I was up in a town called Minneola, just northwest of Orlando. It was a small event and I was doing a demo on my HOTBOX. I had made small monotypes, about 4×4 on rice paper. I framed a few, and since it was Valentine’s Day I thought that I would just give out a free one to whomever stopped by my booth. A women asked if the framed art was for sell, and of course I said yes.
Here is my little table display at the fair.
I am still decompressing from the Third National Encaustic Conference. After the conference I took a workshop with Miles Conrad. It was titled encaustic in 3D. Sculpture has never been my thing, but this class was amazing. Too bad I didn’t have an extra piece of luggage to bring all my mini-sculpture pieces home (and the airlines would not allow me to carry them on) so I had to leave my little creations behind. So all have have are my photo’s to show what I did. Miles set up the workshop so that everyone had all the materials for each project in small bags and each numbered so that we all started with the same “stuff” but each piece was unique to each artist. I will incorporate many of the sculpture techniques that he showed us. Her are a few photos of my wax sculptures
When I walked into the vendor room at Monserrat College, there was a table with small irons that I have seen from the UK. Every demo that I have seen on the internet show this little iron, making landscape and floral paintings. Since my work is abstract I never thought of any use for this tiny iron. When I experiment at home, I have used a small travel iron, but have found that I can’t do anything but make a mess. So when Iwalked into my class this morning and saw that the iron demo was with this little aqua handled iron that I had already put on my list as do not bother with, I was in for a big surprised.
Teaching the class is Andrea Bird from Canada, and the AMAZING things that she showed us that you could do with this iron was beyond amazing. Of course I could not wait for the demo to be over, just so I could run back over to her booth to purchase my iron. Here is the link to her site http://www.waxworkencaustics.com for info on her and her iron. She also had encaustic medium that her son produces and it had the best label I have seen.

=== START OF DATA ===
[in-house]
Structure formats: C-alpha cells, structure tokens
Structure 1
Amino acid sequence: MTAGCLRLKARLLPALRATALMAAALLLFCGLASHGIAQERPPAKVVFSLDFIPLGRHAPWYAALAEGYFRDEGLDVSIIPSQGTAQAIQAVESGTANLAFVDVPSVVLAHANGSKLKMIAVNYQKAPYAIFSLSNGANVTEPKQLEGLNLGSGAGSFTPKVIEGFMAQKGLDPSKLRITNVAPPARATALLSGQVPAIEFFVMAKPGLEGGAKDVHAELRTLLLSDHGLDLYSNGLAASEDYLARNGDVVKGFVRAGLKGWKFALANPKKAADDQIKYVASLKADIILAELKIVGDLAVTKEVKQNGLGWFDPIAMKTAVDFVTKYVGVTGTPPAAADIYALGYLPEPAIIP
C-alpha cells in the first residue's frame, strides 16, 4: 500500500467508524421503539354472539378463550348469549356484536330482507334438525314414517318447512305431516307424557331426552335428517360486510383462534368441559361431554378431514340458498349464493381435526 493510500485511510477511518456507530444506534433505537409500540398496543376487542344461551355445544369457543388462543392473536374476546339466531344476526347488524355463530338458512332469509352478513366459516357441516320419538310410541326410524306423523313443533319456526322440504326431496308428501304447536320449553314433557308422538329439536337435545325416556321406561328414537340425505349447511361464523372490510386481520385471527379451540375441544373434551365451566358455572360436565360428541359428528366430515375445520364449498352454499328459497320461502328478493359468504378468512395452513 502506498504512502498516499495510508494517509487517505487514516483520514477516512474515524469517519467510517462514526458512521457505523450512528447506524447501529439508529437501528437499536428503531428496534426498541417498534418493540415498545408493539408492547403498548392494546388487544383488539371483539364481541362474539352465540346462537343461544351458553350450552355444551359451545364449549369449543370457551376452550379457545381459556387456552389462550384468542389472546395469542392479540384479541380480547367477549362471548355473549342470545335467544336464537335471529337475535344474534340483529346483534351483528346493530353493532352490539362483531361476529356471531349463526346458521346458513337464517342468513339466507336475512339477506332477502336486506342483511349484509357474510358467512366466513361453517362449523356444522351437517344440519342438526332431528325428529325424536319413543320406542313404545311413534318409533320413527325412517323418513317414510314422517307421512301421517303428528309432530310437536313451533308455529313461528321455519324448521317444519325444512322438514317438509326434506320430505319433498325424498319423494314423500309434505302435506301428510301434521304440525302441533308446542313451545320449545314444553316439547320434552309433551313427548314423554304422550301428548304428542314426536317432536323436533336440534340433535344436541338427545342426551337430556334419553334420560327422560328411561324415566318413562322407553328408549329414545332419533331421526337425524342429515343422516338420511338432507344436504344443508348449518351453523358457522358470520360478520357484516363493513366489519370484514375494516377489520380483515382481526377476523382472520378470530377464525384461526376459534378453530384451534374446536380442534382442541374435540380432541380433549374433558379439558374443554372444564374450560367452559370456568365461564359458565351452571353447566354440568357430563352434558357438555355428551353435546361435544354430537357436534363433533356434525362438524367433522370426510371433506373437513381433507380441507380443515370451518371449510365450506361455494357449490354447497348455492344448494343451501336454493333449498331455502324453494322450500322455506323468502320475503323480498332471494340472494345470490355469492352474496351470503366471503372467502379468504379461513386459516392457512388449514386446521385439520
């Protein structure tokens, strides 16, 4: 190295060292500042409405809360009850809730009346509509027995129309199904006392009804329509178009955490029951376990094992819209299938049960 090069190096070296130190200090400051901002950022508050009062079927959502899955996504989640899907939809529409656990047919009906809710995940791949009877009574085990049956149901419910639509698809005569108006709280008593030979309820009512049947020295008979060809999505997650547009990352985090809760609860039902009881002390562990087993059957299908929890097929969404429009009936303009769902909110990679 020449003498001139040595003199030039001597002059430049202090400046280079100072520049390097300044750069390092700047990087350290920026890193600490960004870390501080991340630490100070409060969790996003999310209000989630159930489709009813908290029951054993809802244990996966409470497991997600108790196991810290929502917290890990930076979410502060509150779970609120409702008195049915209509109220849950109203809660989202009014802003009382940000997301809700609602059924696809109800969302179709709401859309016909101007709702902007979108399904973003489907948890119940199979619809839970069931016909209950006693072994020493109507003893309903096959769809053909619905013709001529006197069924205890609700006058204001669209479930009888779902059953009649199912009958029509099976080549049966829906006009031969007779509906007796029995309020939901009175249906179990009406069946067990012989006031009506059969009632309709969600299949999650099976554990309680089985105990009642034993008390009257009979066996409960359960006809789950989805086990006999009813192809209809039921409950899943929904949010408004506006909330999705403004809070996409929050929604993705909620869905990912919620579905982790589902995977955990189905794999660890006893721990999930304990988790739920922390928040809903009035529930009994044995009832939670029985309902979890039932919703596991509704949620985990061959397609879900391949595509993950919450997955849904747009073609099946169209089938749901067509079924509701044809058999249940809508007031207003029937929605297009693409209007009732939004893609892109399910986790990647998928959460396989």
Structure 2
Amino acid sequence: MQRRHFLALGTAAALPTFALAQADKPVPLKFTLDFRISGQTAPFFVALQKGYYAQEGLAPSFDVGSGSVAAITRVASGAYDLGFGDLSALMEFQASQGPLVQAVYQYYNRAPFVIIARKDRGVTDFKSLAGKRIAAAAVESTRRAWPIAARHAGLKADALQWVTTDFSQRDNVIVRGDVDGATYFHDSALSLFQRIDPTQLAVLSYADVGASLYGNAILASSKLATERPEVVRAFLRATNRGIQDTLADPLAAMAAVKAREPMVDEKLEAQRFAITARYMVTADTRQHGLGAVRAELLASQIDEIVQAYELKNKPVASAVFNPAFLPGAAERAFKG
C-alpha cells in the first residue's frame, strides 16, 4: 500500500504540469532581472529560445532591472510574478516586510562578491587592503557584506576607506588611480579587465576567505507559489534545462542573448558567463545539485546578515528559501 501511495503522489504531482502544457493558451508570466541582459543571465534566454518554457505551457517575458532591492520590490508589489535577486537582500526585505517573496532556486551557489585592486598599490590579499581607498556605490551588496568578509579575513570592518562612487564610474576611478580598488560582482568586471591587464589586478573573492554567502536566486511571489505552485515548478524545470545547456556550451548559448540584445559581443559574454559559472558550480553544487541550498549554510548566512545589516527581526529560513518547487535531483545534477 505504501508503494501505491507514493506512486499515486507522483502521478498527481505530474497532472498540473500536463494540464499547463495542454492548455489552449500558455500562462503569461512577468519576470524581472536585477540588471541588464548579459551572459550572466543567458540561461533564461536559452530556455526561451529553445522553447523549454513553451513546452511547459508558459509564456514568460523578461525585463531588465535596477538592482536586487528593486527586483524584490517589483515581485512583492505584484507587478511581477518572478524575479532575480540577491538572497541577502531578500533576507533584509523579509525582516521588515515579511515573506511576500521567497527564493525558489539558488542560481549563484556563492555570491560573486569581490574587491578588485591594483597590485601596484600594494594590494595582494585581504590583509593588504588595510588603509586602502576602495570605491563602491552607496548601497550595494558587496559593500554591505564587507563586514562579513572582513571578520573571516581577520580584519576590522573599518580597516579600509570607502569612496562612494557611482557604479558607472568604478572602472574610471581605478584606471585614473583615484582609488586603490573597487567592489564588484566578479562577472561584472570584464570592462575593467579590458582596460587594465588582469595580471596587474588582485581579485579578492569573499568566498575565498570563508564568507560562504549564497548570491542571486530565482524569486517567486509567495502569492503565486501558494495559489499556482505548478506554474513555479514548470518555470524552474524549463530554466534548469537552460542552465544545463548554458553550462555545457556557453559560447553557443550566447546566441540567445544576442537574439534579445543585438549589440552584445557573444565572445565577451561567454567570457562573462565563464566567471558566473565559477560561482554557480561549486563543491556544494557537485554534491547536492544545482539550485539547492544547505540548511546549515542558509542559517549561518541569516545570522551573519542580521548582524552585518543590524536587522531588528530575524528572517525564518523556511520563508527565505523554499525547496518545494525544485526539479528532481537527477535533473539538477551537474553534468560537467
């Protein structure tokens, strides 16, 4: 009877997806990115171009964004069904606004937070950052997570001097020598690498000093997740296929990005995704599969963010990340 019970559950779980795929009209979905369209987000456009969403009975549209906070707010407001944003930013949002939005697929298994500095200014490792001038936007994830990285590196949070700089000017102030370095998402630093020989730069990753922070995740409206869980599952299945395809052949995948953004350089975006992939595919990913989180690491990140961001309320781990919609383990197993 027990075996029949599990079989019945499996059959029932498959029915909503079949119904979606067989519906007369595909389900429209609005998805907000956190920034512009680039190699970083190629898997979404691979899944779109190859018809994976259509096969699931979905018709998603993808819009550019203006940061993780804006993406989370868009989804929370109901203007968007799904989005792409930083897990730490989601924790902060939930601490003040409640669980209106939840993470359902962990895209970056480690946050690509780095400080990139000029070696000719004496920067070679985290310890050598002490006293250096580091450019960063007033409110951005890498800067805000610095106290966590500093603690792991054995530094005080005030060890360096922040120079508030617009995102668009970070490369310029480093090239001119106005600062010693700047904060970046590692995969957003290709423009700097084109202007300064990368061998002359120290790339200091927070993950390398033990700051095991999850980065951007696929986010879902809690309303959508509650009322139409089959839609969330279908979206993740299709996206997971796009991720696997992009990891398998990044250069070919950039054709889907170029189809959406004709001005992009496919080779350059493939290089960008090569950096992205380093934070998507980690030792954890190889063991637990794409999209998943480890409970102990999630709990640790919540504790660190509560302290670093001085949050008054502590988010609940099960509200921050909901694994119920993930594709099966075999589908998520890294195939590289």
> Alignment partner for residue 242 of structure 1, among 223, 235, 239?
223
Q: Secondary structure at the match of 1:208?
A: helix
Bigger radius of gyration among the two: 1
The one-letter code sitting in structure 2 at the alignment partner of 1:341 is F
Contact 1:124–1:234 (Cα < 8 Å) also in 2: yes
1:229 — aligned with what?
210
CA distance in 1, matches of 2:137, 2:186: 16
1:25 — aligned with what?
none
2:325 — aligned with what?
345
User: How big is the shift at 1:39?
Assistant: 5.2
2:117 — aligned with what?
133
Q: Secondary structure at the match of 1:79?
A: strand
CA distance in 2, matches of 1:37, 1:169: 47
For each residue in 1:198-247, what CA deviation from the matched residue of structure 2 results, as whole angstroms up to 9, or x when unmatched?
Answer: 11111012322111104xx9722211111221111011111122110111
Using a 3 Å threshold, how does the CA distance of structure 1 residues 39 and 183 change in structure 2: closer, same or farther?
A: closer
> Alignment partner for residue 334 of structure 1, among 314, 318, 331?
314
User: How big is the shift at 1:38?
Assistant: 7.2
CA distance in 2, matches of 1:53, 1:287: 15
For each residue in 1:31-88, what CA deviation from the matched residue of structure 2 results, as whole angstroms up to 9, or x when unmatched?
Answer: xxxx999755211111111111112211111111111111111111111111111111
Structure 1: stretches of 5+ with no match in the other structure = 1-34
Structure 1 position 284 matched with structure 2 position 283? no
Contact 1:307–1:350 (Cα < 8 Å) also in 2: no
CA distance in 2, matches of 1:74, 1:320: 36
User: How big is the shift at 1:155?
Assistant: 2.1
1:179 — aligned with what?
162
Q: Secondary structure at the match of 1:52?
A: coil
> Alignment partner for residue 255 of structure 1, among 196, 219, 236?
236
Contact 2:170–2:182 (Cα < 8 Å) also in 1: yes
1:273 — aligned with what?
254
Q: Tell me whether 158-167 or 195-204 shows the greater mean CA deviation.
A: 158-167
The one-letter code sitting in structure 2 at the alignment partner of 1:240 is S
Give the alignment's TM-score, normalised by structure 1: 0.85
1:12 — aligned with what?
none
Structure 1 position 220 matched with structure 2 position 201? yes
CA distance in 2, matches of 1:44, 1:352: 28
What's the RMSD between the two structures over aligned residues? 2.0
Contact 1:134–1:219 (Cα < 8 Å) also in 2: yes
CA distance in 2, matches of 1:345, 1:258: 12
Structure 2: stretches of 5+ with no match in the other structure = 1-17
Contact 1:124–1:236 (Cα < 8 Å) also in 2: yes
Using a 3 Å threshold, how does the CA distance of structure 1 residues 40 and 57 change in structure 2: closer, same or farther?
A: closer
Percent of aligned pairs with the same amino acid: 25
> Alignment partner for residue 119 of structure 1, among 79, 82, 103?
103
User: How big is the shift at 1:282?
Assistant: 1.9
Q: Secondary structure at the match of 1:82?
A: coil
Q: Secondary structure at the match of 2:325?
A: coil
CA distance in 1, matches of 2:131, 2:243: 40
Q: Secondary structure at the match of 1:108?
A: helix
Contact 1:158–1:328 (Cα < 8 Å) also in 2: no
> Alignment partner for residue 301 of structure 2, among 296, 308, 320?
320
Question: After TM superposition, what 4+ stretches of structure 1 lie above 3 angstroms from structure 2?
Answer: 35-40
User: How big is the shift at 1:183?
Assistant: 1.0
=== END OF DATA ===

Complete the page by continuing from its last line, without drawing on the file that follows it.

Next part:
Andrea demonstrated how to make drips flat- I know that sounds odd, but flat drips just look great.
My flight arrived 30 minutes early into Logan Airport. I was surprised at how chilly it is up here in New England. Living in South Florida for 15 years has thinned my blood. So I have arrived at the Third National Encaustic Art Conference at Monserrat College of Art located in Beverly, MA.
Since Friday is an open Demostration day, I decided to stop by and say hello to Paula Roland. I have taken 2 workshops with Paula and I encourage everyone to go. You can find the link on this site. Paula also won honorable mention in the show that the college curated.(2 of her 3 paintings are shown in this post)
Here is a photo of Paula demonstrating monotype on her “HOT BOX”. The other photo is of her artwork that is hanging at the 301 Cabot Street gallery
I just finalized my travel plans to attend the National Encaustic Conference in Monserrat. I can’t wait. I have not done any work in the studio since last November. Since I have a full-time non-art career that has been taking up ALL of my time. So I hope that this trip will get me back into the studio.
A few weeks ago I attended the Broward County Red Cross Designer Showcase. When I got to the beautiful houses on Las Olas, I was told that the art was all “eco-friendly”. What I discovered was the paint used through out all the homes was a new low-odor, evironmentally friendly housepaint. But I was also told that all the art/painting on the walls are “green”. I think the host was confused as to paint on the walls being this new enviromentally safe product, to what he thought was paintings of seashells and palm trees. But it did get me thinking. All the art in the houses had a nature them, beaches, sand, seashells, ocean views, florals etc. But all the art was made from oil or acrylic paint. All of which use chemicals, mineral spirits, turpentine, mediums, and what is not used is tossed in the garbage or washed down the sink. This is probably why I work in encaustics. The stuff is beeswax and it never goes to waste. Almost everything that I use is recycled. I paint on wood, there is no washing of brushes, the beeswax has no chemicals in it, the damar is from trees, I don’t waste any paint. Once I mix a color, I can just remelt it and it never goes to waste. Wax, to me is the true “eco-friendly” product. The only thing that I really use is electricity, which is generated by some plant that adds to the carbon output. But I can’t eliminate everything. To me the real “green” art is not the subject matter, it is the media.